I’ve been dreaming about leaving since 2004, but then Obama gave me something to be proud of again. I am quite scared that he may not win and it will be four more years of the same dreck that’s turned my stomach for the past 8 years.
I dream about hopping off to England - where, I realize, the political climate is just as crap as ours but for some reason I feel like it won’t be MY problem - but it’s just not possible for me.
The logistics of me moving out of the country are nightmarish and hardly feasible. If I wasn’t tied down, I’d go. But I just don’t see that becoming a possibility any time soon.
I also love America. My dad is a veteran. My family is a union family. I am one fat, pasty midwesterner. But for some reason I feel like the government is representing “me” less and less. I have an alarming number of blindly-Republican friends. All of the people I know from the 2 generations before me are voting Republican. The political climate is making my question my own religious beliefs. It all just makes me feel sick.
But…I can’t go. I can dream about it but I can’t go. I have to stay, and make the best out of it.
“leap in the polls”? By political standards, it’s a leap but in mathematical terms, it’s miniscule. You didn’t respond to my two main points: 1) Reps aren’t all RR. 2) All the Dems will still exist after the election. The OP’s calling the election victor “America” and saying that a Rep president means the RR runs everything. I’d understand the position if McCain won 99-1 but he won’t. He’d win, at best, 52-48. So the OP wants to flee from 52% of the population (assuming electoral college=pop. vote, roughly)? Why another country and not seek refuge with the other 48% of the people?
We lost at least half the population right after George W. was elected or at least that is what claimed people claimed they were going to do. If we take another, massive population hit like that again in a few months, I am not sure what the fallout will be. The employment rate should be good and housing should be cheap though.
I left not long after Bush was elected the first time… in response to the handling of the post 9/11 situation and the blind patriotism that came out of it.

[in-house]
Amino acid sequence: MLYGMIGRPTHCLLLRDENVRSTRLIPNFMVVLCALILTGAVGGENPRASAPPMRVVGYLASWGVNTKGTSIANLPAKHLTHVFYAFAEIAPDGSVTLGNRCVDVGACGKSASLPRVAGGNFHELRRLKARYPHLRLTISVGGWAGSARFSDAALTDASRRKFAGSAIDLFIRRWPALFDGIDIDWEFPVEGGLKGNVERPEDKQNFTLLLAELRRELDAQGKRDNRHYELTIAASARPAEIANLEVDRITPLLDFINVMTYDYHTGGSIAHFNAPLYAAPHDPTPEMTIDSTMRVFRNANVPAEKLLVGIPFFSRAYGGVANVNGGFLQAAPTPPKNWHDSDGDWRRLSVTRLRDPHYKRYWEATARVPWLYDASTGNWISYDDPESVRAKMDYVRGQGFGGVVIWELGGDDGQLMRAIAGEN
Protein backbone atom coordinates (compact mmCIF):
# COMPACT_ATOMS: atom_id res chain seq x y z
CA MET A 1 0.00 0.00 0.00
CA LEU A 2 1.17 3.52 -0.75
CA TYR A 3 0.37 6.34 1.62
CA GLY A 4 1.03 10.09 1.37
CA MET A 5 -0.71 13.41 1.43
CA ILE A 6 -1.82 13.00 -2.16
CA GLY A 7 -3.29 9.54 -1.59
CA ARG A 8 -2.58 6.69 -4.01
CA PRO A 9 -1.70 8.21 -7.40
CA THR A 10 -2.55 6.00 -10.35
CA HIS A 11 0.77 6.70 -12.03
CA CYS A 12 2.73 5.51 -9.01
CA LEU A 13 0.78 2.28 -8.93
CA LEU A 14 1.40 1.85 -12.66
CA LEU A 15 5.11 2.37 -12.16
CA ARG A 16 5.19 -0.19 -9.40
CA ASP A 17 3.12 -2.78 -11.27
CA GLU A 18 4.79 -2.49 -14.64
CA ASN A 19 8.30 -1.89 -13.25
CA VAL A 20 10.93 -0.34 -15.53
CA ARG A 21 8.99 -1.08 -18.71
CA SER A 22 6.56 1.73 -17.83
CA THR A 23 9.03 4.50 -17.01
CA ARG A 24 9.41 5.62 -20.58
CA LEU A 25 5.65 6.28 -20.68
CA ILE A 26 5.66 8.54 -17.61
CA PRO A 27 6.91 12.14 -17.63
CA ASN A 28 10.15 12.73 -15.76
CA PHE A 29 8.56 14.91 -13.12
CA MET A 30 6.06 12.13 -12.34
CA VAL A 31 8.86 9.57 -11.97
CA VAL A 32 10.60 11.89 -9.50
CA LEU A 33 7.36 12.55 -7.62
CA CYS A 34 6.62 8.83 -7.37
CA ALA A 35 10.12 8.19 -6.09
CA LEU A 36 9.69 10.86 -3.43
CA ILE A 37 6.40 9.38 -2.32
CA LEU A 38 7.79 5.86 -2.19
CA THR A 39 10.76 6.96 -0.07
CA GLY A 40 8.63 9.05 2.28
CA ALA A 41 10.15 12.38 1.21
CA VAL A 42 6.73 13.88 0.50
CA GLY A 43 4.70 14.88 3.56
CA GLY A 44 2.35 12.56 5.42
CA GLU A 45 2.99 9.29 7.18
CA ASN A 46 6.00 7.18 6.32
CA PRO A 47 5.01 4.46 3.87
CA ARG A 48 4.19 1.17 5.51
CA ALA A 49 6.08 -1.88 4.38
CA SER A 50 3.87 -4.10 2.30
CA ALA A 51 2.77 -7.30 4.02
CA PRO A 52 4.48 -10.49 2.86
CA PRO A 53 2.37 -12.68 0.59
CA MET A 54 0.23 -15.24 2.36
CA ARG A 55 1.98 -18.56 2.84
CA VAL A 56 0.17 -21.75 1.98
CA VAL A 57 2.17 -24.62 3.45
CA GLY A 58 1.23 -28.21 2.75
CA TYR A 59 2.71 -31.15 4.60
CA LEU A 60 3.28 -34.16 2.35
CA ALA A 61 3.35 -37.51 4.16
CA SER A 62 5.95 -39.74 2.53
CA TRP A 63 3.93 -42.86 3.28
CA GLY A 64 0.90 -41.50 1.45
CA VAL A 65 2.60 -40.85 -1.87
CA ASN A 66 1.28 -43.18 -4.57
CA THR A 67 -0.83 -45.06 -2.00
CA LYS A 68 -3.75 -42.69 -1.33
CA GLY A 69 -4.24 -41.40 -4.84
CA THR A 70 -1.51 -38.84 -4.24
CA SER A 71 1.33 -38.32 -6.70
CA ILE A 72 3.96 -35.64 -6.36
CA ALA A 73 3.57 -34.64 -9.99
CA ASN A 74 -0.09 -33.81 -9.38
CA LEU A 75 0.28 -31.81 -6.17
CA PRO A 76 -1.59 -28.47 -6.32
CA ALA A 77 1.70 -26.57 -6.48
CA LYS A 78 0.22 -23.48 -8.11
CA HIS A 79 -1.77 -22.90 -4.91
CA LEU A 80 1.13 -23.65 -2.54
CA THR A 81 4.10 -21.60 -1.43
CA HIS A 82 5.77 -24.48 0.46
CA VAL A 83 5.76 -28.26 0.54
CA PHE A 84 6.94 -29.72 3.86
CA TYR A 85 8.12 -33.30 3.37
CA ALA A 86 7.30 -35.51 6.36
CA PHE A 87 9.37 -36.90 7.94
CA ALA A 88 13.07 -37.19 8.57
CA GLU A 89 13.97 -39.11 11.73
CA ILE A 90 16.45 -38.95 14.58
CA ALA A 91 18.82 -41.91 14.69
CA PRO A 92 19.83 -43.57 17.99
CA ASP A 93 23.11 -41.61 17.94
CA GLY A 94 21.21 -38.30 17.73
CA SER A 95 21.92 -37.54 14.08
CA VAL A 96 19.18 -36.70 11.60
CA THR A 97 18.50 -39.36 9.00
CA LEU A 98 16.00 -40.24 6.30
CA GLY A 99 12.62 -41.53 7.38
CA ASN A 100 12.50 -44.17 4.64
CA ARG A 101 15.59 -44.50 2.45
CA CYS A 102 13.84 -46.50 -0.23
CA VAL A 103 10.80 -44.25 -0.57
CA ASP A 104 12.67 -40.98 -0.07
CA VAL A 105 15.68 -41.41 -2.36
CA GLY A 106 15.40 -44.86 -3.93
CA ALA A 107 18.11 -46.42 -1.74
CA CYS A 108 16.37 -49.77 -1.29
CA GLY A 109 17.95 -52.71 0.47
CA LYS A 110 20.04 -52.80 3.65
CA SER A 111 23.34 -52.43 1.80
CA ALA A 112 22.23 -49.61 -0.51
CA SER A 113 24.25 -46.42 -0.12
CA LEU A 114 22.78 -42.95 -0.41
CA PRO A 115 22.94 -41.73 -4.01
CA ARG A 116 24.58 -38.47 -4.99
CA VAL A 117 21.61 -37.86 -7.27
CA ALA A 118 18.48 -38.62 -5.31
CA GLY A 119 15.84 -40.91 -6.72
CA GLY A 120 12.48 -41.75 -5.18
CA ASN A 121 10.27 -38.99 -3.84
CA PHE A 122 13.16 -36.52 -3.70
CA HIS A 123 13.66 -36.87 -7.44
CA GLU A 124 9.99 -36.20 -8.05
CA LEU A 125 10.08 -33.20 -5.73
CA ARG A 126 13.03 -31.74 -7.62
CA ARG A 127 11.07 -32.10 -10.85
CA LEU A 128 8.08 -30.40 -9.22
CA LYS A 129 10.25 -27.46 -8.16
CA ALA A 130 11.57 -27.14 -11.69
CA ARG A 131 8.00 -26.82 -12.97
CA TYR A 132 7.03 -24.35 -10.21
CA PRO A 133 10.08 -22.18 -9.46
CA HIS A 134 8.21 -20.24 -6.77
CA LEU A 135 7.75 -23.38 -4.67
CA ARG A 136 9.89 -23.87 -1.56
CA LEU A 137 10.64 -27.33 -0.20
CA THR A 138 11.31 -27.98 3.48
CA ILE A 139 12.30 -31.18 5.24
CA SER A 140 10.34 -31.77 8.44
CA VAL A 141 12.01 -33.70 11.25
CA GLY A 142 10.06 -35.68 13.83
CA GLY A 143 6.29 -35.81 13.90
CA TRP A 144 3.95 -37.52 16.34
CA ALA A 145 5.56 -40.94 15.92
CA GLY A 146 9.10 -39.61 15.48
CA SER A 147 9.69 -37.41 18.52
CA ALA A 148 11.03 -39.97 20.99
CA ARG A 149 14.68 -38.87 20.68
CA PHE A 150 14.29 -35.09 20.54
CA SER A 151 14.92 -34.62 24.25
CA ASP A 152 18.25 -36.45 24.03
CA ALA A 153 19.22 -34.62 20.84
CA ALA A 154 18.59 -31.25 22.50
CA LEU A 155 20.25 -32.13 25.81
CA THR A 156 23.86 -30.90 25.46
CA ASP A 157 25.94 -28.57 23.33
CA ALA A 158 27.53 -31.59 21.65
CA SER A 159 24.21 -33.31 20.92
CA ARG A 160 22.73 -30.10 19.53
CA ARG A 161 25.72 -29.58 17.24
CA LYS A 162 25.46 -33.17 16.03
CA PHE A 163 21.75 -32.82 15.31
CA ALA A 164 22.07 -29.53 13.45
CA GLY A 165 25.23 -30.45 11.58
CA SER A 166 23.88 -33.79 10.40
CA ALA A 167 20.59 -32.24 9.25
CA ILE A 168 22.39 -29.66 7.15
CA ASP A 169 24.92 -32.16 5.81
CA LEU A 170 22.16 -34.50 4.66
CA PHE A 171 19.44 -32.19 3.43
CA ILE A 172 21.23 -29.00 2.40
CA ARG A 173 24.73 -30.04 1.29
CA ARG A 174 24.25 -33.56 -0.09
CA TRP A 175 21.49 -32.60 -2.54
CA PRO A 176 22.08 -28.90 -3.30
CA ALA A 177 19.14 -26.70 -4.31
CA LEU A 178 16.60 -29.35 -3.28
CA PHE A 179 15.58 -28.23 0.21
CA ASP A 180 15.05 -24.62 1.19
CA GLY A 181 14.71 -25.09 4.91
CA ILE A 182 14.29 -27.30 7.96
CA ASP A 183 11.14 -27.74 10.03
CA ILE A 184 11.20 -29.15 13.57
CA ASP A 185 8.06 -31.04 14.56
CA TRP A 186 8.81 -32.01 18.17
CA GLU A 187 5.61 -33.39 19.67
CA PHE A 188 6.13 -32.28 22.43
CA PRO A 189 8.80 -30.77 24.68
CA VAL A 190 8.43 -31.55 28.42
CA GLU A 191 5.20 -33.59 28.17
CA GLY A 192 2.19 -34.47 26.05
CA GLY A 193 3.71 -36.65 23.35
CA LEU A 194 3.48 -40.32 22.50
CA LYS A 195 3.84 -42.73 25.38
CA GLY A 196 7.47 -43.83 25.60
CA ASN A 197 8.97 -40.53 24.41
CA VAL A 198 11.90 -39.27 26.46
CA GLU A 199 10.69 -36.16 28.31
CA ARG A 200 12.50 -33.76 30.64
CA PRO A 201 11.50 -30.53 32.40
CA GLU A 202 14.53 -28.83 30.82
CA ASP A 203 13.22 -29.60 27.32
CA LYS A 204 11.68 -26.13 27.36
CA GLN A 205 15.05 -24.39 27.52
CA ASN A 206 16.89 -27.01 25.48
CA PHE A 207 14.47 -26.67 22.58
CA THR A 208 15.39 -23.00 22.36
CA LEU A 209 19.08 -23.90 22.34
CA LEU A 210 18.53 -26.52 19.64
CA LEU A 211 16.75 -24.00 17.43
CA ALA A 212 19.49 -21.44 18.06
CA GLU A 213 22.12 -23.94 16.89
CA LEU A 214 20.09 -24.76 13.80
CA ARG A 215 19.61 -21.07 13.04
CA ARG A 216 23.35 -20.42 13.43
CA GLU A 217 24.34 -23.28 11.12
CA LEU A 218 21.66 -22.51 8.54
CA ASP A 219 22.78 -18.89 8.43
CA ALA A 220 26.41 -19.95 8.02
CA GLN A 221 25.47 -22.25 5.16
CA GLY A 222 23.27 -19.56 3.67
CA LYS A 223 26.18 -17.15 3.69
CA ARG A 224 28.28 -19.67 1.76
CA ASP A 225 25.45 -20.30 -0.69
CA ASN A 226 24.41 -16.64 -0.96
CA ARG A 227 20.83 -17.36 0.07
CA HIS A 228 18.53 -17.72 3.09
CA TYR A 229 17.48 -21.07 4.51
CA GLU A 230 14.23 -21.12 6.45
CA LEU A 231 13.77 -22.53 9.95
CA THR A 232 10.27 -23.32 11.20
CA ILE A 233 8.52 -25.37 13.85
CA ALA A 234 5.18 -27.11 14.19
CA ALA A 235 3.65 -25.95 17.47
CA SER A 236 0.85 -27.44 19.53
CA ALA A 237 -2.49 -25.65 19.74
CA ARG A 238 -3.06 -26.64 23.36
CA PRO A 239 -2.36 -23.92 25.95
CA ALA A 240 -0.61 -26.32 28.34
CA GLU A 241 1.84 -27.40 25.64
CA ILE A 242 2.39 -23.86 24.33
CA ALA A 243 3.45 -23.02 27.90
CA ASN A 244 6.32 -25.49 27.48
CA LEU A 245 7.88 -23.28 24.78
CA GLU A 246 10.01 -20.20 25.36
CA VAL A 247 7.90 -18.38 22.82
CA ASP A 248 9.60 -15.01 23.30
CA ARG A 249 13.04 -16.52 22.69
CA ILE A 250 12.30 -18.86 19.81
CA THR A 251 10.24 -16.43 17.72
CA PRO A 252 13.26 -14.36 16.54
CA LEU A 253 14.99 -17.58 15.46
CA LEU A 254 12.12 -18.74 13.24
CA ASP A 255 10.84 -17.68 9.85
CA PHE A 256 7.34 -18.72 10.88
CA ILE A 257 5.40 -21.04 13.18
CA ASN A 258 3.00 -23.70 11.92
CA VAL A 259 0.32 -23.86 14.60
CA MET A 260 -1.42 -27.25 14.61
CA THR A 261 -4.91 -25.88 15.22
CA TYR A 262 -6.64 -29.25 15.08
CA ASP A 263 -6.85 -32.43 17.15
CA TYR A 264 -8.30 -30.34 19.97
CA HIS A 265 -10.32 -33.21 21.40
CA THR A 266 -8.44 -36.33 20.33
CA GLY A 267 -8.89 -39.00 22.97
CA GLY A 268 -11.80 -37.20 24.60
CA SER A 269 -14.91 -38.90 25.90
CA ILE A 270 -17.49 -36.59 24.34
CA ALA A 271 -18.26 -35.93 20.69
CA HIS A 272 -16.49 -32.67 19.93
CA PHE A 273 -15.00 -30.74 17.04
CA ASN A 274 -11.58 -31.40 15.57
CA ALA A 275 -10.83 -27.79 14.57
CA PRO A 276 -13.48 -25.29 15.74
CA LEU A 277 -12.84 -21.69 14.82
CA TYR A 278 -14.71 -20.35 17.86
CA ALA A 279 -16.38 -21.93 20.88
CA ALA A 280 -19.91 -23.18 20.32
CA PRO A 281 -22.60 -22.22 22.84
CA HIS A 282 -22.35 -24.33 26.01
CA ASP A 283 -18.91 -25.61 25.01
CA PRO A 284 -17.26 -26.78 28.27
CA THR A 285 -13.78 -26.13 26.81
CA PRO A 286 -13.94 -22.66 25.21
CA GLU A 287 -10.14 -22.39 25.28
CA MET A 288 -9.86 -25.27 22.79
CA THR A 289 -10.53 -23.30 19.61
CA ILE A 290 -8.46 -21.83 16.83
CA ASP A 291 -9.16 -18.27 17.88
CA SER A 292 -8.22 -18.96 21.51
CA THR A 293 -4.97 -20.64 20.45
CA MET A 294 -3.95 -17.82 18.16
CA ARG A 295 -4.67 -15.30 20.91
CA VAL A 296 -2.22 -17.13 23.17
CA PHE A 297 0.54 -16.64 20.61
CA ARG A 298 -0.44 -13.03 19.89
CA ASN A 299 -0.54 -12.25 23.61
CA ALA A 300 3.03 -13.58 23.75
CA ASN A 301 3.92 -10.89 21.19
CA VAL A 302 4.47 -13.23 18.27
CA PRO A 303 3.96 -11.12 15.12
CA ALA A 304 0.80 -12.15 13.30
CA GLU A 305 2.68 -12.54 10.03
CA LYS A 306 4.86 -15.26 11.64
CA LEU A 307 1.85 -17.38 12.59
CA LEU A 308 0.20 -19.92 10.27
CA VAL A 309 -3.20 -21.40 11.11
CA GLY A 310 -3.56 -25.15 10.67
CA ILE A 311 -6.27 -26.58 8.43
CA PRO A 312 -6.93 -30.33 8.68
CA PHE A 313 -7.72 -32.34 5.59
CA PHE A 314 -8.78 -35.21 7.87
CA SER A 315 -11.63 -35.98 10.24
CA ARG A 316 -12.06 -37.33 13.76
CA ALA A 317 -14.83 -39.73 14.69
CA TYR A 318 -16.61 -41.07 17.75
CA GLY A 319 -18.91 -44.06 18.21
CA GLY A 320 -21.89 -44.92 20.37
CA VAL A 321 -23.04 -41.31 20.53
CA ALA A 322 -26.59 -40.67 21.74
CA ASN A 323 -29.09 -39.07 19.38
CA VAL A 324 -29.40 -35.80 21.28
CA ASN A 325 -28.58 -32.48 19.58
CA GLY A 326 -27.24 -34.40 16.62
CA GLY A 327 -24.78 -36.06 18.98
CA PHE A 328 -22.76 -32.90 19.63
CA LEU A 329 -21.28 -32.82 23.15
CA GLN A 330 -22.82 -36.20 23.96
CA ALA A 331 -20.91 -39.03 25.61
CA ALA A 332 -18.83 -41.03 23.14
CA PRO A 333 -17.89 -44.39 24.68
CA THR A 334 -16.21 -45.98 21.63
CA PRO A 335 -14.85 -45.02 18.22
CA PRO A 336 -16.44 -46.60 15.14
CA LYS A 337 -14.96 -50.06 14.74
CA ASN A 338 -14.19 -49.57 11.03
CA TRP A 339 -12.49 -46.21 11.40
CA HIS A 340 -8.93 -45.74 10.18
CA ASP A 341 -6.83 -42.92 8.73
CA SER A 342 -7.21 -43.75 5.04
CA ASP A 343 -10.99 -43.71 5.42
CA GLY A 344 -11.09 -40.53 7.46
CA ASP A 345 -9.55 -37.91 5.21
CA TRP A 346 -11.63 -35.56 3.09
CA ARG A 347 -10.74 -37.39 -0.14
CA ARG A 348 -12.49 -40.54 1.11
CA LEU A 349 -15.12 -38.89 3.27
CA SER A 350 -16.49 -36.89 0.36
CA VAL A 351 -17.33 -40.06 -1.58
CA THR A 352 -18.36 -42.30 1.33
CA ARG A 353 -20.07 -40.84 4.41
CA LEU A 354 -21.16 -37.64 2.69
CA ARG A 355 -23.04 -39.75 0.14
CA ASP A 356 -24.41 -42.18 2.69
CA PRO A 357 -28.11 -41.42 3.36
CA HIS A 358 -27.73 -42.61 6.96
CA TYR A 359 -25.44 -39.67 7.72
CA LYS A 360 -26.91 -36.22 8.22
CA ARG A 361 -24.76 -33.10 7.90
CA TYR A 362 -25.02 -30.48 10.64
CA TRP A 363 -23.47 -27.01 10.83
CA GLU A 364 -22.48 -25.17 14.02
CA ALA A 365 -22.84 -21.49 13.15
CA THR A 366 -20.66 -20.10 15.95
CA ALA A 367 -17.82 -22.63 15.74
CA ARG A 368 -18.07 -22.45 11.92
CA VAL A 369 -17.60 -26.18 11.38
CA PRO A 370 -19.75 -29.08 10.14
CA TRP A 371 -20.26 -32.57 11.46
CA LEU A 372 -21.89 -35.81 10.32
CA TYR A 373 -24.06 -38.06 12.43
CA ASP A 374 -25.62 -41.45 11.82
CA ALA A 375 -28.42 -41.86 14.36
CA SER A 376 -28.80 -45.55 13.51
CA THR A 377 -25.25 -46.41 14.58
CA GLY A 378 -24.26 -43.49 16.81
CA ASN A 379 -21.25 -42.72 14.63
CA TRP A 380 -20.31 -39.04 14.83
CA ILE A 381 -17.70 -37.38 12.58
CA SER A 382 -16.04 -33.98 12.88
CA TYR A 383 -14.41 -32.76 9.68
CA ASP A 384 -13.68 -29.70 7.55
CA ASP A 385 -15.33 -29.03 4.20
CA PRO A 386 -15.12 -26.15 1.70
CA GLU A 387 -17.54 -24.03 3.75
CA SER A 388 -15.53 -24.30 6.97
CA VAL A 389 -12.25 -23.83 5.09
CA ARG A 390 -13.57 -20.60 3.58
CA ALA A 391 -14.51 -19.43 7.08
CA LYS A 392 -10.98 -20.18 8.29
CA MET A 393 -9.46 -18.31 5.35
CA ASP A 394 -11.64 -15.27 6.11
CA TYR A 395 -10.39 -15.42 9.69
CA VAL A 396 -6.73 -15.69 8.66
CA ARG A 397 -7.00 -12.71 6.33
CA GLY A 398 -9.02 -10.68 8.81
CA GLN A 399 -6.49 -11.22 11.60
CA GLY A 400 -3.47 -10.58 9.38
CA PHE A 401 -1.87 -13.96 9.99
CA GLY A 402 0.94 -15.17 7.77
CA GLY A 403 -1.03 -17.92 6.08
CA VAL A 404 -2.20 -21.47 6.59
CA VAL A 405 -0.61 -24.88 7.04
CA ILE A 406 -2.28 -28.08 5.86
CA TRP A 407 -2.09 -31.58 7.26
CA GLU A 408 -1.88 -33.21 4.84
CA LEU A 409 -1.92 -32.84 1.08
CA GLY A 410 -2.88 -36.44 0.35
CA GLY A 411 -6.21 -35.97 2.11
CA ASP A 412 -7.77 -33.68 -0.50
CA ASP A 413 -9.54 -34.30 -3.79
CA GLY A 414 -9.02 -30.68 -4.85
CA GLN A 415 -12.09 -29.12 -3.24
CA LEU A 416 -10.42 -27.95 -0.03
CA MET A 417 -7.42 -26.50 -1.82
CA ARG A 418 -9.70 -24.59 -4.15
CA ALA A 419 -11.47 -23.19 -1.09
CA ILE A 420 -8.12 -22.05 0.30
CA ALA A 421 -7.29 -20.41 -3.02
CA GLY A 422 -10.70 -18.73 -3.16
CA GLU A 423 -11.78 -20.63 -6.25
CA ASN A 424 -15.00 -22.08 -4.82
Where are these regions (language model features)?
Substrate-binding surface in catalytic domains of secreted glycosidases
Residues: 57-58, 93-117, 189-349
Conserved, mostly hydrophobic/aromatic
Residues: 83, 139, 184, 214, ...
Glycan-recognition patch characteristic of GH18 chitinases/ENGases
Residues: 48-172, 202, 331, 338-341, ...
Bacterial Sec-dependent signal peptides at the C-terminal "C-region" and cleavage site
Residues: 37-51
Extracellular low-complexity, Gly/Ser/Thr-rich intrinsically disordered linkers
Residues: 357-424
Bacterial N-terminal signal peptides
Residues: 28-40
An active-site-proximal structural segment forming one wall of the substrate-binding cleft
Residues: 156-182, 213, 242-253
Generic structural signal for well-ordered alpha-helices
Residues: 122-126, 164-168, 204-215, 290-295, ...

I sold most of my things, put the rest in storage and bought a one way ticket to Tbilisi, Republic of Georgia. I later spent some time in Prague, moved to Dubai for three years, spent 7 months in the Indian Ocean region and later bought an apartment in Prague.
I have a ticket back into the US in November. If McCain wins, I’ll be returning overseas after the New Year holiday. If Obama wins, I’ll be buying a house in the US and moving back (but will likely still spend summers over here).
McCain just means more war, no health care and a deeper theocracy. No thanks.
Nobody is saying the RR runs everything. We’re just saying we’re afraid of them and the influence they have on the government. A lot of people make fun of us for threatening to leave, but they’re ignoring the deeper issue of WHY people wish they could. We’re afraid of what the schools are going to teach our kids about science. We’re afraid of people who think homosexuality is an unnatural sin being the ones in control of the military and police. That’s all it comes down to; fear. I’m terrified of unreasonable, hateful, judgmental people who think they have a right to tell me how to live having such tremendous influence in the courts and government.